Tens of millions of voters headed to polling stations on Sunday (Sept. 26) to determine Germany’s next government as outgoing chancellor Angela Merkel prepares to stand down after 16 years in power.
Initial result estimates showed center-left Social Democrats (SPD) with around 24.9 to 25.8% of the vote, followed closely behind by Merkel’s CDU/CSU conservative bloc and their candidate Armin Laschet on 24.2 to 24.7%.
A Forschungsgruppe Wahlen poll for broadcaster ZDF put the SPD of Finance Minister Olaf Scholzon 26% and the CDU/CSU on 24%.
Officials from both parties said they hope to lead the next government. “The SPD has the mandate to govern. We want Olaf Scholz to be chancellor,” SPD Secretary-General Lars Klingbeil told reporters.
“We will do everything in our power” to form a coalition led by conservative parties, Laschet, 60 said.
The environmentalist Greens (Die Grünen) are on course to record their best ever result, headed for 15% of the vote. The Alternative for Germany (AfD) and the pro-business Free Democrats (FDP) were hovering around 11% each. Die Linke (the Left) party is on 5%.
Given the exit poll predictions -which saw the CDU/CSU slump to a post-war low for a federal election- putting together the next coalition government for Europe’s biggest economy could be a lengthy and complicated process and will involve the Greens and the liberal FDP.
Merkel, who chose not to run in this election, marking the first time in postwar history that the incumbent Chancellor is not seeking re-election, will remain as a caretaker leader until a new government is in place.
“This will be all about striking deals among multiple players, and several options seem possible,” Carsten Nickel at Teneo, a political risk consultancy told Reuters “The talks could take some time.”
“As expected, both a Scholz-led ‘traffic light’ alliance of the ‘red’ SPD with the Greens and the ‘yellow’ liberal FDP and a ‘Jamaica’ coalition of Laschet’s ‘black’ CDU-CSU with Greens and FDP are possible. SPD and Greens, who are close, would likely extend an offer to the FDP whereas CDU-CSU and FDP, who are also close, would try to get the Greens on board,” Holger Schmieding, chief economist at Berenberg Bank, said in a research note Sunday evening.
“Welcome back to the 2005 election results where either big party can declare victory! Without a majority federally, BOTH the SPD and CDU need both the Greens and FDP for a government. Another GroKo (grand coalition – the current government is made up of CDU/CSU and SPD) would be potentially bad for German democracy and neither party will want it. But it’s possible. SPD will probably edge it but coalition negotiations will be long! Angela Merkel will probably be Chancellor still of a caretaker government at Christmas” political expert Aaron Burnett at the The Local.de said.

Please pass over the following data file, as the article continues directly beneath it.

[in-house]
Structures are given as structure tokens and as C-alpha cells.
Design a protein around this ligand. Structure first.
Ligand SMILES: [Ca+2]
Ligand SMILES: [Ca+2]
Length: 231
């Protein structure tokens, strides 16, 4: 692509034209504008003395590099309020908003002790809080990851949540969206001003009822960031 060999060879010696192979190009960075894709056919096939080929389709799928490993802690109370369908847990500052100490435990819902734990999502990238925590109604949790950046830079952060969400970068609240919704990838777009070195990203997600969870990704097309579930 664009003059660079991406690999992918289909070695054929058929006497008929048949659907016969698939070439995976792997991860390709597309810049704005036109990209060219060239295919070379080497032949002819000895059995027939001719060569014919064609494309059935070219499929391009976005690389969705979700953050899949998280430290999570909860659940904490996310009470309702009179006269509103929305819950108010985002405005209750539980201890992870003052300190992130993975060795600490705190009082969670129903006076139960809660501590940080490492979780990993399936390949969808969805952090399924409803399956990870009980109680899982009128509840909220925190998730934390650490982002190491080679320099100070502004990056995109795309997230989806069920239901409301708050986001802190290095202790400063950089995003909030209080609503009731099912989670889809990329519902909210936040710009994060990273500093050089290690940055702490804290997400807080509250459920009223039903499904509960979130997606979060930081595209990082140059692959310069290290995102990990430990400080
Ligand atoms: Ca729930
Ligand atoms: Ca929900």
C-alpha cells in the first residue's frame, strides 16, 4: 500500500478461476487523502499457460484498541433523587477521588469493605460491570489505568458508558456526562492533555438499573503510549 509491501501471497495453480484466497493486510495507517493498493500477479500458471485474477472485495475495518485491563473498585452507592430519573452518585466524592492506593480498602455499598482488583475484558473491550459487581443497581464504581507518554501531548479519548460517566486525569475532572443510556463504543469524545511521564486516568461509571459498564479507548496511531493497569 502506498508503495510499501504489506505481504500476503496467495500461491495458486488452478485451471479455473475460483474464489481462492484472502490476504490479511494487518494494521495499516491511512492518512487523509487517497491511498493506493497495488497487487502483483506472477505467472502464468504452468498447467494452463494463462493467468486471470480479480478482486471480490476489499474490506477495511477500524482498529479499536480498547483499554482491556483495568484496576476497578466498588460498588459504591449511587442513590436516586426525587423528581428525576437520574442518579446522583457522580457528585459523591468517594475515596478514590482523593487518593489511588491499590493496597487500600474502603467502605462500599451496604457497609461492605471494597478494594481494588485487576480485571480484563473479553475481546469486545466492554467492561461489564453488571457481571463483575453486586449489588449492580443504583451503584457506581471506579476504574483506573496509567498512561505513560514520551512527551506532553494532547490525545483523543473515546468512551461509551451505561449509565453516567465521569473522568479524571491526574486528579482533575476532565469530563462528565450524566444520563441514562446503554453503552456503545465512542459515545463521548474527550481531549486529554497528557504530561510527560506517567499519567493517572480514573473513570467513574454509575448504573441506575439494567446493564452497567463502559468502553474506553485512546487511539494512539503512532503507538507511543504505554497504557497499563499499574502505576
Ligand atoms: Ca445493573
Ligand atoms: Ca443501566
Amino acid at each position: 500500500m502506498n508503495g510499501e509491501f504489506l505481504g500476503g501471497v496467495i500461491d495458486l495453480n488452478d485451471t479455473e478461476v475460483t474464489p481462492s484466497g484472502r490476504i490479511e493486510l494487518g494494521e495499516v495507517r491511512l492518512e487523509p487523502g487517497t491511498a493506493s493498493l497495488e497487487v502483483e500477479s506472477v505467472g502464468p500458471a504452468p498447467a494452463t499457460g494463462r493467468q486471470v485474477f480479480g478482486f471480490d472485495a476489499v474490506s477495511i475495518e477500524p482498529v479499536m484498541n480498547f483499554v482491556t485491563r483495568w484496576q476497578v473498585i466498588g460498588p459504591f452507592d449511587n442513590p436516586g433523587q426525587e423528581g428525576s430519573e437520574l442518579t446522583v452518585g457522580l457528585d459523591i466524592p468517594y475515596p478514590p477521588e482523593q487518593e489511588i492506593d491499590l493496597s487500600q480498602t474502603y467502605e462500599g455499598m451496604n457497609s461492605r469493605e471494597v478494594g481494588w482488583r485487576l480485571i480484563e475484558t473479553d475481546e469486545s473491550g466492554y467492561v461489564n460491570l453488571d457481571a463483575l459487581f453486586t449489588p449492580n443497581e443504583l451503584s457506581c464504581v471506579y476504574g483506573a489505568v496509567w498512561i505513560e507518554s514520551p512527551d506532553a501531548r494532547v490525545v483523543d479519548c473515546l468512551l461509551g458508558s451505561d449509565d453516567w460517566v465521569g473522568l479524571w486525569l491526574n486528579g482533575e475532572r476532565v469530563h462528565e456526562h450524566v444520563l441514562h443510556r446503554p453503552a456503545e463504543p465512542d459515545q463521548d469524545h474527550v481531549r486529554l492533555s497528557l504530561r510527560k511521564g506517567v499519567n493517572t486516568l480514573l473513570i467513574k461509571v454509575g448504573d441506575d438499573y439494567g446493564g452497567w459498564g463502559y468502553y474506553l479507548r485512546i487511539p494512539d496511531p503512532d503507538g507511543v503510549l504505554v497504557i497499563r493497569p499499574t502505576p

Voting took place from 8 a.m. to 6 p.m. local time, in polling stations around the country although a large proportion of voters opted for postal ballots. Infratest dimap estimated that the turnout was 76.0% down from 76.2% four years ago.
SPD leader Olaf Scholz captures the most votes
The Social Democrats (SPD) have emerged as the strongest party with 25.7% of the vote (206 seats in the Bundestag-Germany’s parliament), ahead of 24.1% for CDU/CSU (196 seats), according to provisional results. The Greens had their biggest jump and best showing with nearly 15% support (118 seats) and the FDP were on 11.5% (92 seats).
Scholz stated on Monday that his party should lead the federal government, alongside the Green and the FDP. “The Green party and FDP won a considerable increase in votes, and this is why we will be trying to enter into coalitions with these parties.”
“We want to enter into a conversation with the other parties to form a government as quickly as possible,” he said. “A social, environmental, liberal coalition does have a past here in Germany, there’s a tradition we can build on and it’s what we need to do if we can tackle the challenges of the future,” he added.
Equities on major European stock exchanges were higher in premarket trade on Monday (Sept. 27). Germany’s benchmark DAX index shares opened 1.1% higher.
Greens and FDP agree to coalition talks
Germany is a step closer to a socialist-led government after Greens said they want to discuss forming a new coalition with the Social Democrats (SPD) and Free Democrats (FDP).
“That’s what we’re proposing to the FDP,” Green co-leader Annalena Baerbock said on Wednesday
adding that “this country cannot afford a long hangover.”
A tie-up between the SPD, Greens and FDP would be a first in Germany. would be dubbed a Jamaica coalition, based on the party colors being the same as those that comprise the Caribbean island’s flag
red, green and yellow colors.
With reporting by DW, AFP, Reuters, The Local.de